Art

The City is the Pot, and We are the Meat

by Jessica Laub | 28.06.17

Alma Itzhaky is a Tel Aviv-based artist. Her urban environment has influenced many of her works, allowing her to capture slices of life that reflect Tel Aviv-Jaffa’s contemporary political conditions without missing its vibrancy. This way of seeing political and personal matters as intrinsically linked is a constant in her works–even those that are not rooted in any physical setting.

In her new solo show, The City is the Pot, and We are the Meat, curated by Ofra Harnam, Itzhaky applies personal and political elements in order to focus on the human body and its decomposition. In three bodies of work, composed of her tried-and-true oil paintings, and her experimentation with watercolors and video, she pieces together the idea that the human body is a condition of the outside world and its innermost thoughts.

Feeding the birds, 2016.

Feeding the birds, 2016.

In some ways, the oil paintings in The City is the Pot are connected to Itzhaky’s previous show, Judaea Navalis, which was exhibited at the Tel Aviv Museum of Art in 2015 and portrayed life in Tel Aviv-Jaffa. In her new oil paintings, the same setting enables Itzhaky to explore how the physical body deteriorates when exposed to an intense environment. This starts on the South Tel Aviv street just outside her studio, which she describes as male-dominated, underdeveloped and noisy. These aspects are, in part, political ramifications that define and distinguish South Tel Aviv from the rest of the city. But these works feel personal more than they do ideological. Itzhaky’s gaze reflects this as she introduces the unexpected, interesting characters whom she experiences daily—like the figurine crafter who works outside everyday, no matter the weather—with a certain amazement at how they withstand the elements.

Itzhaky’s signature style allows her to construct, through her brushstrokes, the musculature posture of the damaged body. In this way, the aesthetics reinforce the underlying theme of an “exposed existence”. The oil paints also capture the color and energy of the environment, reflecting its political reality and Itzhaky’s deeply intimate knowledge of it simultaneously.

The Amulet Maker, 2017

The Amulet Maker, 2017

The watercolor and video works are not only new mediums to Itzhaky, they allow her to turn inward while considering the body and its ruin and bring an element of playfulness. These materialized during the US presidential campaign and the outbreak of fires in Israel, when Itzhaky was completing her Rappaport Prize residency in New York. She describes that time as feeling “biblical…as if the world caught fire” (The title of the show comes from Ezekiel and refers to this notion of doom.). (The title of the show comes from Ezekiel and refers to this notion of doom.). In New York, she was missing what was so vital to her oil paintings: a deep connection to her place. Instead, she was able to tap into her own “personal rumination about death” that arose in response to the political crisis, and she shows how an internal experience like this can also affect the body.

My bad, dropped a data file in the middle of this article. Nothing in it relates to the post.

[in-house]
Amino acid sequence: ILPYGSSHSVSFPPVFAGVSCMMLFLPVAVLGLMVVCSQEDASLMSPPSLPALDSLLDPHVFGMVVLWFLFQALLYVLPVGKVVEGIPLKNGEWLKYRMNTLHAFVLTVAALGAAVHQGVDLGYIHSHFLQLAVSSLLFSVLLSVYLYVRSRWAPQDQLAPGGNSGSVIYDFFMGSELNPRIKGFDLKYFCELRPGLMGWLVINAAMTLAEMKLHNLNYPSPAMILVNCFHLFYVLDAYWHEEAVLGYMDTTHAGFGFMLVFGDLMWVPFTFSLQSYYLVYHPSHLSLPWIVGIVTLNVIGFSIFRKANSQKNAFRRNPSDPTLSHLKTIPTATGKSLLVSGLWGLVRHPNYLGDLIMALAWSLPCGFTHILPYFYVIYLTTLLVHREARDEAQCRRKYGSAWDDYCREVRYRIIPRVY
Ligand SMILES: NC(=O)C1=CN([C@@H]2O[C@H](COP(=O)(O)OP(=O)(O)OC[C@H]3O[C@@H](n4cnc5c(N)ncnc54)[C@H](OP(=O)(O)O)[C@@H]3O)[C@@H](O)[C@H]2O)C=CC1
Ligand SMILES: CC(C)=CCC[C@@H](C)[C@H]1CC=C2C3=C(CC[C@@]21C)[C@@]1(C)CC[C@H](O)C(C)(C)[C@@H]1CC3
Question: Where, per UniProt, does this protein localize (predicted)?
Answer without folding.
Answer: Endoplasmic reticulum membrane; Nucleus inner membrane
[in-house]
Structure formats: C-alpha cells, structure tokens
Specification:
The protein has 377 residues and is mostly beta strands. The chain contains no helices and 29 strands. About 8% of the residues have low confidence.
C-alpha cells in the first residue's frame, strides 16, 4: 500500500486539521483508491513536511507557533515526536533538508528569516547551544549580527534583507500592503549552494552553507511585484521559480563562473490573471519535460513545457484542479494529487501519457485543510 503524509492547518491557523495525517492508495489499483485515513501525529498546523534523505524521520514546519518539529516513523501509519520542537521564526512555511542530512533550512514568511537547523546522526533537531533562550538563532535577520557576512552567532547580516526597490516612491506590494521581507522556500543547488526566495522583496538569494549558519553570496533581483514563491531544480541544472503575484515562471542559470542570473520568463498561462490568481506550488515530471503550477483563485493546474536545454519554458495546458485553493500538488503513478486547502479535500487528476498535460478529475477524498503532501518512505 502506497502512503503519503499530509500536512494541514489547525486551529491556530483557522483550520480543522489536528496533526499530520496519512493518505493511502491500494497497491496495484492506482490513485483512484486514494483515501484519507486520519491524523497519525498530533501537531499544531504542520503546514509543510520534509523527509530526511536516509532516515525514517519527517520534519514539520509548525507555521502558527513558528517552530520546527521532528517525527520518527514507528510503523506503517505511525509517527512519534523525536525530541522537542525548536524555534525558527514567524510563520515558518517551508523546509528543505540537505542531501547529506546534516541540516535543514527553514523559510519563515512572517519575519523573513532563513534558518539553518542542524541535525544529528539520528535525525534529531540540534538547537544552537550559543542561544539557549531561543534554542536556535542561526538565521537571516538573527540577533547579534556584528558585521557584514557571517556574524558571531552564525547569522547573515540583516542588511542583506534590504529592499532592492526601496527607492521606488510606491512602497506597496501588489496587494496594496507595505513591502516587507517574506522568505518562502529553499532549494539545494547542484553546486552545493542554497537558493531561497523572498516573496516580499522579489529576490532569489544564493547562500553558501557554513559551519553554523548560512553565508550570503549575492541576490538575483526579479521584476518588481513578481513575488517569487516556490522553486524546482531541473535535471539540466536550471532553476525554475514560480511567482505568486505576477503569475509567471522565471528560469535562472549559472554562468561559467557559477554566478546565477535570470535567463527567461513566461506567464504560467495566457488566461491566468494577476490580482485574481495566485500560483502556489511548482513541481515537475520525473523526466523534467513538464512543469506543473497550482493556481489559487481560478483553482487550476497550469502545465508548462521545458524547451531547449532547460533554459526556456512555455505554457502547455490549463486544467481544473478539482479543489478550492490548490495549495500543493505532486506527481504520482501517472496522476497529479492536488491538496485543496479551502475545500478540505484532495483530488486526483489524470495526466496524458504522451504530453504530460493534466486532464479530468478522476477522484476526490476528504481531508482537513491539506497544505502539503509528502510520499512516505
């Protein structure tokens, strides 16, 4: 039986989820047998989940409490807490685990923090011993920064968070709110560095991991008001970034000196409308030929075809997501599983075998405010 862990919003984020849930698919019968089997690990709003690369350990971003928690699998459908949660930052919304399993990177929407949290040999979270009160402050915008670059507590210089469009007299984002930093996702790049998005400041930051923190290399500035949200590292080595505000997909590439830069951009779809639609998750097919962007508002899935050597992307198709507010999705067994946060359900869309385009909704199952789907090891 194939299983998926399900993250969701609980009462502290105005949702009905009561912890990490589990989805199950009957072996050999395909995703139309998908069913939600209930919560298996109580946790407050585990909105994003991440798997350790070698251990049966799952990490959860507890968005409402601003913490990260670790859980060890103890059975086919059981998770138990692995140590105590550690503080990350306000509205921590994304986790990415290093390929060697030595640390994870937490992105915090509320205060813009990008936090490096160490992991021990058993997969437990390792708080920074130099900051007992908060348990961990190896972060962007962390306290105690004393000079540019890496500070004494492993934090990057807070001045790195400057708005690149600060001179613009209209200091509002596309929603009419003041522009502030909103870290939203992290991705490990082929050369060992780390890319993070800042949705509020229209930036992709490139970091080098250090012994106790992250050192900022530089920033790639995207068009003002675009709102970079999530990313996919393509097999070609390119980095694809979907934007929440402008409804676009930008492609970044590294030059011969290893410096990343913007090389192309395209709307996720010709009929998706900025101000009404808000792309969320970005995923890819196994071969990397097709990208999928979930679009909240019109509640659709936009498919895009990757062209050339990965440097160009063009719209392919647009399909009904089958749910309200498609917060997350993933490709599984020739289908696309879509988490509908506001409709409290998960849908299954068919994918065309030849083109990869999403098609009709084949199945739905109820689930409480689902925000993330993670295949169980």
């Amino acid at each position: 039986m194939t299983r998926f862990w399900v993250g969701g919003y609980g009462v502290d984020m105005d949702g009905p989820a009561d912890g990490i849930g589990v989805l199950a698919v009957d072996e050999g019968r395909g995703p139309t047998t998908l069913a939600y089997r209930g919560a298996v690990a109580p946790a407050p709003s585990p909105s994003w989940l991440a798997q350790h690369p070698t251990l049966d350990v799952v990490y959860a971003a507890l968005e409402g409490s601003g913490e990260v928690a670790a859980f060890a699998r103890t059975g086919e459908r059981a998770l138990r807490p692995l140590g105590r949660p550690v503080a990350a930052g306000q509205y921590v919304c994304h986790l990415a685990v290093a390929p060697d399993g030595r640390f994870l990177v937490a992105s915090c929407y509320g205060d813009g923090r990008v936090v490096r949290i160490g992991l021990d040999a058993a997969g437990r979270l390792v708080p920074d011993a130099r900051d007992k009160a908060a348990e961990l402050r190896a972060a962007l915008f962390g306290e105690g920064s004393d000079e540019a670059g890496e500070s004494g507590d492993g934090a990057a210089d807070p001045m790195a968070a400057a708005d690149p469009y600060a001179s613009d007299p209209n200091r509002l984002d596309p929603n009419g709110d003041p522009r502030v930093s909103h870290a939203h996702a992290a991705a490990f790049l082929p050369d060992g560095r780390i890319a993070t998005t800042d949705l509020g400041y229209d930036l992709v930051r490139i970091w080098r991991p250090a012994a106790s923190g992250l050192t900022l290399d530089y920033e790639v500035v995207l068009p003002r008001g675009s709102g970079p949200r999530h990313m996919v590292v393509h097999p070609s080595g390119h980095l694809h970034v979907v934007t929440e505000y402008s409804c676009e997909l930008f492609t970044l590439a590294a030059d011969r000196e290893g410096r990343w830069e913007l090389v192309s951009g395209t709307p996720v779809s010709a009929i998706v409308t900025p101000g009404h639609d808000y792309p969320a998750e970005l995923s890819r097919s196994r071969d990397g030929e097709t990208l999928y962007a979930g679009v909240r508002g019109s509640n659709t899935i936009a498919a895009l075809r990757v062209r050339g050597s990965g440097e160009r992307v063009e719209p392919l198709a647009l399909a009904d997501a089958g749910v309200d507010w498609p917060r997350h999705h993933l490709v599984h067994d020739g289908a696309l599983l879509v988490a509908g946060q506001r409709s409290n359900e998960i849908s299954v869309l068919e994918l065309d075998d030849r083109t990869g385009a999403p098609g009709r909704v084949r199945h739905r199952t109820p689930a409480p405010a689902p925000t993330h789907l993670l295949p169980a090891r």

The watercolor paintings hone in on the “extreme bodily conditions, [such as] sexual pleasure or falling apart” and the cultural norms that suggest these are somehow shameful and must be buried under a facade. They stem from Itzhaky’s own personal interest in how so many religions, Judaism included, have extensive laws about the body. These works explore the tension between what one feels on the inside and how that person presents on the outside can make for a distressing internal experience, and this causes the body harm. This conflict is reinforced aesthetically; at first glance the lightness of the watercolors project a feeling of whimsy, but in contrast to the heaviness of the emotions that are involved, this is just another façade.

Meat and Flower

Meat and Flower

“Is death a worst-case scenario or something to come to terms with”? These views tend to vary among cultures, but Itzhaky’s video offers its own take; with a dog eating a piñata, it reflects an amusing, not-worst-case scenario of death. With confetti and all, it is an (outwardly) playful way in which she revisits her election-induced existential thinking, as well as the religious and cultural norms surrounding the treatment of the body after death. Most of all, it is a personal conclusion to Itzhaky’s investigation into the processes that drive the body’s deterioration.


“The City is the Pot, and We are the Meat” is on view at Hezi Cohen Gallery through Saturday, 15.7.2017.

www.almaitzhaky.com

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